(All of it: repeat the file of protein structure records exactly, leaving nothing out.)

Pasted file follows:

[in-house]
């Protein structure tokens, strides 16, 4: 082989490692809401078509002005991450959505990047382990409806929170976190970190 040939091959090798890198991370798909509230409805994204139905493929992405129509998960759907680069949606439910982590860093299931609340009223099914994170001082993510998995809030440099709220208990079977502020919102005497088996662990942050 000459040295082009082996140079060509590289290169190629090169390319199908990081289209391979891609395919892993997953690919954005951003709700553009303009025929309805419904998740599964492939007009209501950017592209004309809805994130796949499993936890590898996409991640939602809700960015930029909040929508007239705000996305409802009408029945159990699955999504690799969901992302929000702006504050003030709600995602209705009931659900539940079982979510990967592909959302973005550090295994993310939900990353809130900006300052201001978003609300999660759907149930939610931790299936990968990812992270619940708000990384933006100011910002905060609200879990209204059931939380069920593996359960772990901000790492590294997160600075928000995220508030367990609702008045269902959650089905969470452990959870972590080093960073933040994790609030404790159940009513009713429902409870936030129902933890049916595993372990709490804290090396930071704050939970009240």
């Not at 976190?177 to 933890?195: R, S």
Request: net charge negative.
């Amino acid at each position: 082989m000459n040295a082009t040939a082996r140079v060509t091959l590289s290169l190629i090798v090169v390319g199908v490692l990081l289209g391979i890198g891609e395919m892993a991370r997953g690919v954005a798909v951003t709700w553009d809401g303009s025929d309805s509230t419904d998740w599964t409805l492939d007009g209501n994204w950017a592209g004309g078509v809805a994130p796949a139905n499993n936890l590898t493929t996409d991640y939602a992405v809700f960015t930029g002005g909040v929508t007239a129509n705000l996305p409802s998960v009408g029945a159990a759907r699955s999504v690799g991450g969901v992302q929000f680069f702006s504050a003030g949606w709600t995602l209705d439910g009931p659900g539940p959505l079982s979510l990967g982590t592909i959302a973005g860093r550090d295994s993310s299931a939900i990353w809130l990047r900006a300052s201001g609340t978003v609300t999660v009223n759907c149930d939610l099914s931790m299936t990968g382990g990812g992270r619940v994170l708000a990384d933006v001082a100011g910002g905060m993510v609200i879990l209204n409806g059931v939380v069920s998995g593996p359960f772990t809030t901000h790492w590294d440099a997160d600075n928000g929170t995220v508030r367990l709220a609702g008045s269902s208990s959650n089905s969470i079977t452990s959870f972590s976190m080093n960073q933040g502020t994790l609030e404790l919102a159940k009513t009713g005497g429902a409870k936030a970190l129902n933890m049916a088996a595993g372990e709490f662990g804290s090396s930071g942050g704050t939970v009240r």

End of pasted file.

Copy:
[in-house]
């Protein structure tokens, strides 16, 4: 082989490692809401078509002005991450959505990047382990409806929170976190970190 040939091959090798890198991370798909509230409805994204139905493929992405129509998960759907680069949606439910982590860093299931609340009223099914994170001082993510998995809030440099709220208990079977502020919102005497088996662990942050 000459040295082009082996140079060509590289290169190629090169390319199908990081289209391979891609395919892993997953690919954005951003709700553009303009025929309805419904998740599964492939007009209501950017592209004309809805994130796949499993936890590898996409991640939602809700960015930029909040929508007239705000996305409802009408029945159990699955999504690799969901992302929000702006504050003030709600995602209705009931659900539940079982979510990967592909959302973005550090295994993310939900990353809130900006300052201001978003609300999660759907149930939610931790299936990968990812992270619940708000990384933006100011910002905060609200879990209204059931939380069920593996359960772990901000790492590294997160600075928000995220508030367990609702008045269902959650089905969470452990959870972590080093960073933040994790609030404790159940009513009713429902409870936030129902933890049916595993372990709490804290090396930071704050939970009240």
């Not at 976190?177 to 933890?195: R, S």
Request: net charge negative.
């Amino acid at each position: 082989m000459n040295a082009t040939a082996r140079v060509t091959l590289s290169l190629i090798v090169v390319g199908v490692l990081l289209g391979i890198g891609e395919m892993a991370r997953g690919v954005a798909v951003t709700w553009d809401g303009s025929d309805s509230t419904d998740w599964t409805l492939d007009g209501n994204w950017a592209g004309g078509v809805a994130p796949a139905n499993n936890l590898t493929t996409d991640y939602a992405v809700f960015t930029g002005g909040v929508t007239a129509n705000l996305p409802s998960v009408g029945a159990a759907r699955s999504v690799g991450g969901v992302q929000f680069f702006s504050a003030g949606w709600t995602l209705d439910g009931p659900g539940p959505l079982s979510l990967g982590t592909i959302a973005g860093r550090d295994s993310s299931a939900i990353w809130l990047r900006a300052s201001g609340t978003v609300t999660v009223n759907c149930d939610l099914s931790m299936t990968g382990g990812g992270r619940v994170l708000a990384d933006v001082a100011g910002g905060m993510v609200i879990l209204n409806g059931v939380v069920s998995g593996p359960f772990t809030t901000h790492w590294d440099a997160d600075n928000g929170t995220v508030r367990l709220a609702g008045s269902s208990s959650n089905s969470i079977t452990s959870f972590s976190m080093n960073q933040g502020t994790l609030e404790l919102a159940k009513t009713g005497g429902a409870k936030a970190l129902n933890m049916a088996a595993g372990e709490f662990g804290s090396s930071g942050g704050t939970v009240r």